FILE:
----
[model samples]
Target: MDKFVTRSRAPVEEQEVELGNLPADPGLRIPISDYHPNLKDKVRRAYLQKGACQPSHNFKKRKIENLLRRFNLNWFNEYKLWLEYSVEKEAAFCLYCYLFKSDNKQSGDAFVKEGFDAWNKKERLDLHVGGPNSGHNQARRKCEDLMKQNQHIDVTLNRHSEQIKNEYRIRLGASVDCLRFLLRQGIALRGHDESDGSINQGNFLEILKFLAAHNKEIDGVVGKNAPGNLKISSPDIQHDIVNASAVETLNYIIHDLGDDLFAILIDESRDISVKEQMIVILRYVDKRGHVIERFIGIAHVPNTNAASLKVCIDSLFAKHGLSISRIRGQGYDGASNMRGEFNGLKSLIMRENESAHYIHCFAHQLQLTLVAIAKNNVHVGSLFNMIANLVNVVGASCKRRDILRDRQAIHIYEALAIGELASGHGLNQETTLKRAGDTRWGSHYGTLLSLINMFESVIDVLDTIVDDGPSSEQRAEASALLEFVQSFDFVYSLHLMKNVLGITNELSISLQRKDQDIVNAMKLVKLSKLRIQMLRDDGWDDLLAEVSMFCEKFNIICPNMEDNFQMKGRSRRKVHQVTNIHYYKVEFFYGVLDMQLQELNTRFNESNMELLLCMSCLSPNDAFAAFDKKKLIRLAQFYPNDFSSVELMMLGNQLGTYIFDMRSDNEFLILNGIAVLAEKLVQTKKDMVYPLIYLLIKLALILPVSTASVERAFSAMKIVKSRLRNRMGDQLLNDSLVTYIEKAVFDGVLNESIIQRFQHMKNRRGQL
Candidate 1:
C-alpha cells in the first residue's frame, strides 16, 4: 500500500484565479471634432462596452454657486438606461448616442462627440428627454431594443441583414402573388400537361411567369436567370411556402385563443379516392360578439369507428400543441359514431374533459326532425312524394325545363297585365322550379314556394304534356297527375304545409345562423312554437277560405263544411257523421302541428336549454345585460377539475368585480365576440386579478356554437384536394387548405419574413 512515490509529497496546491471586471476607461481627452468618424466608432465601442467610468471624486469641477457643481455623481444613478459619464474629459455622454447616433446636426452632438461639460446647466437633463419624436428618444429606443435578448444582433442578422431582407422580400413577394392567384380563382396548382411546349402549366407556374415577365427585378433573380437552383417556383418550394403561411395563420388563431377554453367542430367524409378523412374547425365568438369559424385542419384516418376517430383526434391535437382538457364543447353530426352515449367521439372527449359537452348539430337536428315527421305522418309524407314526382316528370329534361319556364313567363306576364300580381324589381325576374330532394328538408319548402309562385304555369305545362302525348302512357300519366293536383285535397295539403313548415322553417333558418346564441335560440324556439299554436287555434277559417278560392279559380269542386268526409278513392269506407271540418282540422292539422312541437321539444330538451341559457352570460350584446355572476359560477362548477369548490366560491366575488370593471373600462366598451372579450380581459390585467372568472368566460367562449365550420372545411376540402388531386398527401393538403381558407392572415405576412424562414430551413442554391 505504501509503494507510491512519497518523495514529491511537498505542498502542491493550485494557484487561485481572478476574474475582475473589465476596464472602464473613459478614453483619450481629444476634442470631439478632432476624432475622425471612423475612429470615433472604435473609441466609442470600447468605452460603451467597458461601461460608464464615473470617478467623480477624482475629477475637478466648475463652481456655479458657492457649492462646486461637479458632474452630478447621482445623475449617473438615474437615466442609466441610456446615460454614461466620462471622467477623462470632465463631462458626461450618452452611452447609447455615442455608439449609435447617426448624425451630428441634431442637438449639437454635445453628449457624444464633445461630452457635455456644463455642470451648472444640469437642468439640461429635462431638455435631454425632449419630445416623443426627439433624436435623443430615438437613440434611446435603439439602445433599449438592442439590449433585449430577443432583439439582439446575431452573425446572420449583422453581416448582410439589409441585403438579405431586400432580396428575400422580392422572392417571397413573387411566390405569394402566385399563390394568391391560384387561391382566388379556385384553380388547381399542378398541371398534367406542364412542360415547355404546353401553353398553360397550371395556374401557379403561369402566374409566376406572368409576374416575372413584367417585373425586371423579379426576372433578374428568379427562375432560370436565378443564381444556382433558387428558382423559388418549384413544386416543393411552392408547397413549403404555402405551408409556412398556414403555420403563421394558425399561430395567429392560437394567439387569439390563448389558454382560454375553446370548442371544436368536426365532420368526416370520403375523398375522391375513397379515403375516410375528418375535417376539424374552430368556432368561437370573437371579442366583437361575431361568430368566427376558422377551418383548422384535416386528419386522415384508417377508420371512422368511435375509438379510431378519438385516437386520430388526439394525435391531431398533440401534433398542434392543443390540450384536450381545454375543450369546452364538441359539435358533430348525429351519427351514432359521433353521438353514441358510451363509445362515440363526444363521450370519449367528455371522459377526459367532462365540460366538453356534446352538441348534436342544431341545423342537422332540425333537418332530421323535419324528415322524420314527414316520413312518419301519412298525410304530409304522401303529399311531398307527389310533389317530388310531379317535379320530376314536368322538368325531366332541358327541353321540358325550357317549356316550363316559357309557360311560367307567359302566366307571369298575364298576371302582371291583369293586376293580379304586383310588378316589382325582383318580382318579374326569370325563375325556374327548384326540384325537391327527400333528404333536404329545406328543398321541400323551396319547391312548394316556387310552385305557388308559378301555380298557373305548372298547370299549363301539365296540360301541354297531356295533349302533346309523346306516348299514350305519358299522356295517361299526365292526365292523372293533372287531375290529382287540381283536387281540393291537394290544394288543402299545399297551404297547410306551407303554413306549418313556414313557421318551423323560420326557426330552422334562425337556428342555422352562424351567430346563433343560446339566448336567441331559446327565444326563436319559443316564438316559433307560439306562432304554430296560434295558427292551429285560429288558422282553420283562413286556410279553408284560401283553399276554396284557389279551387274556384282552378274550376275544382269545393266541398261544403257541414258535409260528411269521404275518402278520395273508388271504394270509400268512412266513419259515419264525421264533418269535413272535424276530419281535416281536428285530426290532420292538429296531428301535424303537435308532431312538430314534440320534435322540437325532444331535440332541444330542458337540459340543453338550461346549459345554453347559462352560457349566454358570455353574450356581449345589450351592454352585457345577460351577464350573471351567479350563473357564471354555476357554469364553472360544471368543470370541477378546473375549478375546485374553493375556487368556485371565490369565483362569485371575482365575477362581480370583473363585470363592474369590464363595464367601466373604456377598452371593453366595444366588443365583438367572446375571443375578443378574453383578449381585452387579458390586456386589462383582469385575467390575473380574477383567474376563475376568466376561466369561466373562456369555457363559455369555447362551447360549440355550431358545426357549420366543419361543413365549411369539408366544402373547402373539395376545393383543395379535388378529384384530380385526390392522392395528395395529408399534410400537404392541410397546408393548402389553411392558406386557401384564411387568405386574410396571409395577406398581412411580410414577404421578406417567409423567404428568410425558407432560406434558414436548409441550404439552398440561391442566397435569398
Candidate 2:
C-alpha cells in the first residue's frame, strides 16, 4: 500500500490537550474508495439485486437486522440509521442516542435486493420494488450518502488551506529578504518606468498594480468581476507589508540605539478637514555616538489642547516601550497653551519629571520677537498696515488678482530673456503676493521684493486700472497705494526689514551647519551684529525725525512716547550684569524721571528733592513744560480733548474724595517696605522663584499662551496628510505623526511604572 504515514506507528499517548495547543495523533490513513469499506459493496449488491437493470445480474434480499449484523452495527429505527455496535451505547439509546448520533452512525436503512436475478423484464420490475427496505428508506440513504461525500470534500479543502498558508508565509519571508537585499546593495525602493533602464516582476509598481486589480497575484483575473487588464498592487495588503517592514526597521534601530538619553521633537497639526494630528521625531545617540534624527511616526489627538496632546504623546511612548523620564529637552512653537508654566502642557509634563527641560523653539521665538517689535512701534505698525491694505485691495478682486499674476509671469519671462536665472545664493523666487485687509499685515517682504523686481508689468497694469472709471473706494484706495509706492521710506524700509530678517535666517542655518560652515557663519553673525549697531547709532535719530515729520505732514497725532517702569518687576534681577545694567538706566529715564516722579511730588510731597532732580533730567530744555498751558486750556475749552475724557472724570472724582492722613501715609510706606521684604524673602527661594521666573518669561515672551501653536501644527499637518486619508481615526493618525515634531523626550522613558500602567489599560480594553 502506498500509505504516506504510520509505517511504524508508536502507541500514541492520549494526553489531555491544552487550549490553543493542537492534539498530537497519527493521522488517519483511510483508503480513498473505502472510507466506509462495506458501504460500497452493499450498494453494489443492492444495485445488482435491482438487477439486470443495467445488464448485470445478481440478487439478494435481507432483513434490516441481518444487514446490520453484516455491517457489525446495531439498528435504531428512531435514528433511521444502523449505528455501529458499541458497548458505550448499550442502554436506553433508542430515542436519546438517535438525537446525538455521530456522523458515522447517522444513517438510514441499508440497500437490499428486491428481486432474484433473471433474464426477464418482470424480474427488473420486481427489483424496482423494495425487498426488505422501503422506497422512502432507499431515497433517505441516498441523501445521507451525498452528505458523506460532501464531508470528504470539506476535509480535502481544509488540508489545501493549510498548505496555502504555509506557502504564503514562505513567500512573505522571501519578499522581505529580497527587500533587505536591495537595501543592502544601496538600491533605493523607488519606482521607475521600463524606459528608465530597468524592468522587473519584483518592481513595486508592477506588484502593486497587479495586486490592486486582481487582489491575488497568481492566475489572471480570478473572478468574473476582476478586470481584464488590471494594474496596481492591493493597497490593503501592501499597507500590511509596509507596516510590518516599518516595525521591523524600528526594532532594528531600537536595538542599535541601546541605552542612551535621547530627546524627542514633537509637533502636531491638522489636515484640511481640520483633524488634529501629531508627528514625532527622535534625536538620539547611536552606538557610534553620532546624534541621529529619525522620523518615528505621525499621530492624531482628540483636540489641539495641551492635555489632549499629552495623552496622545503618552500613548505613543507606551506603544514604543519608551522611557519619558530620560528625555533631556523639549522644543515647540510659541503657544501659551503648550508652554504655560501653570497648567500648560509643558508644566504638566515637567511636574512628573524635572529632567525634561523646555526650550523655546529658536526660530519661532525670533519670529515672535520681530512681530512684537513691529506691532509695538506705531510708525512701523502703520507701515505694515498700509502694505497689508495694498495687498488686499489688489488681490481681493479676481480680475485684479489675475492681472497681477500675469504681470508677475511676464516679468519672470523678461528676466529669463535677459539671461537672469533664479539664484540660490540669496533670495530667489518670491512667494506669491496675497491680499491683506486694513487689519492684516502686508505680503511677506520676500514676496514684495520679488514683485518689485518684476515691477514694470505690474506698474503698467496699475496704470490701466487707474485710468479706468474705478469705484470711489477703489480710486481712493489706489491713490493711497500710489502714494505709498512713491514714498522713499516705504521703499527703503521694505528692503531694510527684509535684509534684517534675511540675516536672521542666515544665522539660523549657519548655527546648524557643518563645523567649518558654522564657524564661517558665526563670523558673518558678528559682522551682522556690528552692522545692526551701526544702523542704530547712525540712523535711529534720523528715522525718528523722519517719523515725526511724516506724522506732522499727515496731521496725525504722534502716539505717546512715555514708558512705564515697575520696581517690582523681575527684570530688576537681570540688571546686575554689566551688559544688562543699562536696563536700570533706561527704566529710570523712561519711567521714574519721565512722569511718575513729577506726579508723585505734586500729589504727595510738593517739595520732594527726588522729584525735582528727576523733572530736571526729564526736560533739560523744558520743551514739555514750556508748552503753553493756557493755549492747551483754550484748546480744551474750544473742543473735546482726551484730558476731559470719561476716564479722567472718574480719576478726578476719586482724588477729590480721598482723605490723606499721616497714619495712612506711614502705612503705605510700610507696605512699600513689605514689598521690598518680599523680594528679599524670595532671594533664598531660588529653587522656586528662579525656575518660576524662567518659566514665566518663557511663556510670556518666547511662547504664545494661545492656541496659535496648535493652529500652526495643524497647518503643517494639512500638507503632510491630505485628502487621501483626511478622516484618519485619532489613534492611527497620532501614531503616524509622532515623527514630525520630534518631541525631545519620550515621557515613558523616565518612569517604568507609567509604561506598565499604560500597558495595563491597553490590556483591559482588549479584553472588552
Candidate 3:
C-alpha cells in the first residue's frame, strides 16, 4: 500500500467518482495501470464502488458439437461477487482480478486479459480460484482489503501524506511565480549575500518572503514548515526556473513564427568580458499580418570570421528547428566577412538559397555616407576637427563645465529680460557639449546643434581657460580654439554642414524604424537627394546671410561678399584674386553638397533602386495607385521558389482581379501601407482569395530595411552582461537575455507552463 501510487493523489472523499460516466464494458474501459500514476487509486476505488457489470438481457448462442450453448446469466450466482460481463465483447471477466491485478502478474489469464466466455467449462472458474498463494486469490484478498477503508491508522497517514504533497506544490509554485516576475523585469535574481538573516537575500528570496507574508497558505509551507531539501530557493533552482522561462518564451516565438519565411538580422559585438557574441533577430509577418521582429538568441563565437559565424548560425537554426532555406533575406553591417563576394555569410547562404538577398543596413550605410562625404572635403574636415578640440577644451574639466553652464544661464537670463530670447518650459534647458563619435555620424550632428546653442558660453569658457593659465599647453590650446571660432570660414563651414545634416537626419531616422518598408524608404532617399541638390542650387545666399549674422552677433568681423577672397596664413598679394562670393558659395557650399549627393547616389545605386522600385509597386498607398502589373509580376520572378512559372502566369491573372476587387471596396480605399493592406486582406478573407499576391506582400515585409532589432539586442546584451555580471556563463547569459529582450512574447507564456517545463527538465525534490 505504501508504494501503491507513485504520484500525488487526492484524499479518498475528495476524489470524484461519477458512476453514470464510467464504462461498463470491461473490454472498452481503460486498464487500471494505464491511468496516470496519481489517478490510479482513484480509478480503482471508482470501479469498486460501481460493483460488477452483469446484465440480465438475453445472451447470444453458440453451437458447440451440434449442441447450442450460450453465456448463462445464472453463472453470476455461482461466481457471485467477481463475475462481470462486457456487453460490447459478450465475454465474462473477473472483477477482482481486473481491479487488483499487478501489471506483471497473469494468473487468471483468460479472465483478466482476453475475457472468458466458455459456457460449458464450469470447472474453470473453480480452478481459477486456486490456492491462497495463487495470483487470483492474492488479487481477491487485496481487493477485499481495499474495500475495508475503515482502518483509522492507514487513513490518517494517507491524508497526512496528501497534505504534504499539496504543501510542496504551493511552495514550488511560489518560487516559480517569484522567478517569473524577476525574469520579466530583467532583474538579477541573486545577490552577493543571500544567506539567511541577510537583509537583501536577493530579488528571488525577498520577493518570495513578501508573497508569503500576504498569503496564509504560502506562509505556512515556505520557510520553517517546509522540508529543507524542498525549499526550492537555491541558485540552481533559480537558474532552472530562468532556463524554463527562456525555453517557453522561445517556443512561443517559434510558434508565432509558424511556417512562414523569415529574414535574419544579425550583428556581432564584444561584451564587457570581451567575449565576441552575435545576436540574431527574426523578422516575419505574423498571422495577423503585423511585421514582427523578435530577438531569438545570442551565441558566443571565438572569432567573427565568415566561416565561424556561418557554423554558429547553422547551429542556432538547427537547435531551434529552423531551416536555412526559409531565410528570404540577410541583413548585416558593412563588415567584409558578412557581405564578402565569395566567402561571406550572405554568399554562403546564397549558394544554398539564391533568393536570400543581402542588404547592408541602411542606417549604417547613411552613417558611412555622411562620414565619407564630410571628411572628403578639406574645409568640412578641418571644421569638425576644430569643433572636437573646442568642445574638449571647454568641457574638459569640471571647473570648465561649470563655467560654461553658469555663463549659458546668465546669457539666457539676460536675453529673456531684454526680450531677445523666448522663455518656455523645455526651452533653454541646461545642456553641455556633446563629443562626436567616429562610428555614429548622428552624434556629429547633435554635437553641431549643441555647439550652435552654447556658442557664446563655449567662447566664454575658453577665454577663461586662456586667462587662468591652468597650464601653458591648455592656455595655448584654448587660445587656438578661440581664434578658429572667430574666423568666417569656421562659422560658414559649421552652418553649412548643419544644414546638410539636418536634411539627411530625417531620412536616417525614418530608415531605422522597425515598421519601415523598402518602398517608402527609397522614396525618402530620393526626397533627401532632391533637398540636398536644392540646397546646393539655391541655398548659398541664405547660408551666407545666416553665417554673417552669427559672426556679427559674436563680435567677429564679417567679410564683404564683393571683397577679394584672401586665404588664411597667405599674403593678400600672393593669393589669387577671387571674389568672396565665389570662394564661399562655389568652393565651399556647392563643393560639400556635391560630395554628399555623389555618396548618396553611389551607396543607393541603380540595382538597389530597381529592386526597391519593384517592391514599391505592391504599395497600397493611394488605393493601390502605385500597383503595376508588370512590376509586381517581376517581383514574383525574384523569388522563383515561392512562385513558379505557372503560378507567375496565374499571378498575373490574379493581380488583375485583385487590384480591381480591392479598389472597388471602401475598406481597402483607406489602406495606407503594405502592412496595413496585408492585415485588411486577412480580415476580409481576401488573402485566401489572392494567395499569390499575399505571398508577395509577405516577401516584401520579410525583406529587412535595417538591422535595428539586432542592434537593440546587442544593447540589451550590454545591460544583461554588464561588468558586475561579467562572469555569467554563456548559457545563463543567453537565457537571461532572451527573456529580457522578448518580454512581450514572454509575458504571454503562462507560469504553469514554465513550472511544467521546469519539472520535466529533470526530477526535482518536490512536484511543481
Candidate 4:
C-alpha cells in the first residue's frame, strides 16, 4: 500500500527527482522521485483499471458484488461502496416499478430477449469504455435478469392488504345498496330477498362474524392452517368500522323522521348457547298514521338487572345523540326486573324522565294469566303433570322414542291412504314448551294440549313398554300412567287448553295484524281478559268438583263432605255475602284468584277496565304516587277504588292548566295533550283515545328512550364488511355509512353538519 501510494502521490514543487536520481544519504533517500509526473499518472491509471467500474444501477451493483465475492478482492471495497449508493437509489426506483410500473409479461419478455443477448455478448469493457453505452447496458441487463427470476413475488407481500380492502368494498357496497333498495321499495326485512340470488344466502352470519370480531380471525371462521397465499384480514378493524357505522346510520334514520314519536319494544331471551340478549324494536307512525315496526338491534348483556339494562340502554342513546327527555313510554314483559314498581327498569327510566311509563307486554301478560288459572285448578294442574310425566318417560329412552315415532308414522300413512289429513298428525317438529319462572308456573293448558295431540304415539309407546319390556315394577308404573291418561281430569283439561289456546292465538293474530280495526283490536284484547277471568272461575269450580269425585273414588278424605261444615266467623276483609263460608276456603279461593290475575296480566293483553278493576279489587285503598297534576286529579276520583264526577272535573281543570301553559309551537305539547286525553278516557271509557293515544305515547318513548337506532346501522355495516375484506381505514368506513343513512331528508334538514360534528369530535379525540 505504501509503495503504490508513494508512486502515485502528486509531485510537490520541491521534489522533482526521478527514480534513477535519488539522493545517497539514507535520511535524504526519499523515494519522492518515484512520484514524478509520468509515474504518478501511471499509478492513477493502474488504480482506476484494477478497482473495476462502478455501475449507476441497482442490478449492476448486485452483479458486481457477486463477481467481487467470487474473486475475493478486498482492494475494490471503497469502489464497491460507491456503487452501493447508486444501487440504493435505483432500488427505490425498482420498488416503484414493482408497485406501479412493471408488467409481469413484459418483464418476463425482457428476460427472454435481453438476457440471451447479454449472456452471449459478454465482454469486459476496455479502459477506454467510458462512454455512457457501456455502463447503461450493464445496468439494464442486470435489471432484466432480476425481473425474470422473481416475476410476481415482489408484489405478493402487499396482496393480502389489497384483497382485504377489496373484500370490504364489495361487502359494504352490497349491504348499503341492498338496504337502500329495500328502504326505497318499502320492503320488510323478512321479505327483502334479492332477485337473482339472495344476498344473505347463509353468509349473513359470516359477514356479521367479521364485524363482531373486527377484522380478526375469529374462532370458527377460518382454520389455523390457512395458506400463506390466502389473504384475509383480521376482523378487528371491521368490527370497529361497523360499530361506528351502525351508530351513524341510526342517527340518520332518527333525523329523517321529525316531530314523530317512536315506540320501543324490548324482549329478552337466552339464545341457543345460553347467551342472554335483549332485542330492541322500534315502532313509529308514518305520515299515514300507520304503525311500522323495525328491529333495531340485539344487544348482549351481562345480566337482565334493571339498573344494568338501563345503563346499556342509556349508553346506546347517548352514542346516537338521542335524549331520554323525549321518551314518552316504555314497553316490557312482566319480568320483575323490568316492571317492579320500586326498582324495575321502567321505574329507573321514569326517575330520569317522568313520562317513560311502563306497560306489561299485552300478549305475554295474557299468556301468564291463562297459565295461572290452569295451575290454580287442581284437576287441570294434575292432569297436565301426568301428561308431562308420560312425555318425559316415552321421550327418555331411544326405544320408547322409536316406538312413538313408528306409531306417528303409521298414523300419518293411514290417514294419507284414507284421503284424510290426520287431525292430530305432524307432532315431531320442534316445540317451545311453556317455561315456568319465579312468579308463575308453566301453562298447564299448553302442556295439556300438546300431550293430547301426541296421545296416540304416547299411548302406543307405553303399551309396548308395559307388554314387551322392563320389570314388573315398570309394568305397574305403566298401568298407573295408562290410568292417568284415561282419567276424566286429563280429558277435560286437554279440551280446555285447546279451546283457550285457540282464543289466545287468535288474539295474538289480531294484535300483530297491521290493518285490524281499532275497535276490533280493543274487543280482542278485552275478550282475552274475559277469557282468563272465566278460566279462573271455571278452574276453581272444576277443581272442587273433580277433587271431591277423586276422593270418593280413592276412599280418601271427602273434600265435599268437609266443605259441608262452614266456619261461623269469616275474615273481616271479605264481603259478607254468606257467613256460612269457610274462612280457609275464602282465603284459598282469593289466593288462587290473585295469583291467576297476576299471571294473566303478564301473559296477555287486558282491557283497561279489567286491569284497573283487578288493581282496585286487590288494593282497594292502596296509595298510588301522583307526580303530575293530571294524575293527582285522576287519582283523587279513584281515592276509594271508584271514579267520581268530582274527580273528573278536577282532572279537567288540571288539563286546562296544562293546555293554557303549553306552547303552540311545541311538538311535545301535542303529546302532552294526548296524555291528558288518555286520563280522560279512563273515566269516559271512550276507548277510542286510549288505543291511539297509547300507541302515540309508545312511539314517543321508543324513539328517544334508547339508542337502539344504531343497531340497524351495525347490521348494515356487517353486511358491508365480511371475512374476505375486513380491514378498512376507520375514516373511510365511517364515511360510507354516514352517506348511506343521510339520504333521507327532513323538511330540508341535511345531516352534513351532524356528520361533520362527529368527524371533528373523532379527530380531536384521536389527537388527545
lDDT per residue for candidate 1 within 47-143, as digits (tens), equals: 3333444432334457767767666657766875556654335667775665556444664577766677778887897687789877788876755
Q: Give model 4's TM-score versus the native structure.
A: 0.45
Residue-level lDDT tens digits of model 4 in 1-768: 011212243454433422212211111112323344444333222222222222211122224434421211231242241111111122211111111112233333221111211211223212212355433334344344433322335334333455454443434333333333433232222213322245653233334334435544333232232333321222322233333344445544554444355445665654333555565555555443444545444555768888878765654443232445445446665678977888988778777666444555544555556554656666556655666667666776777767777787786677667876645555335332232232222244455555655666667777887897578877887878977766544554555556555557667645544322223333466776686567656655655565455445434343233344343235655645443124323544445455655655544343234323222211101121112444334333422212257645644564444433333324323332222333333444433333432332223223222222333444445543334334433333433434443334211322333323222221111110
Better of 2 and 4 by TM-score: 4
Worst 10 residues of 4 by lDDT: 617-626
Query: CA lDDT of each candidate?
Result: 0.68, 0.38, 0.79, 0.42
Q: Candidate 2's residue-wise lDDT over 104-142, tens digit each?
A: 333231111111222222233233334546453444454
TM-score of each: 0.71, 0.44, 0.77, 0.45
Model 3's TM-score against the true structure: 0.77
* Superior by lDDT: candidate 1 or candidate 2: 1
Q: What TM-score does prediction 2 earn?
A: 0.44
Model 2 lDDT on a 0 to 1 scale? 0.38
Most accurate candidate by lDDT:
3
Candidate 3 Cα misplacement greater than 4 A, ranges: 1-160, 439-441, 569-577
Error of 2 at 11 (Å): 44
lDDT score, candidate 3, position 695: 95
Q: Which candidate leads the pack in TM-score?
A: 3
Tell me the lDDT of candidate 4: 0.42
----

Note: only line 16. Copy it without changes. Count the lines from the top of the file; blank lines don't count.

Worst 10 residues of 4 by lDDT: 617-626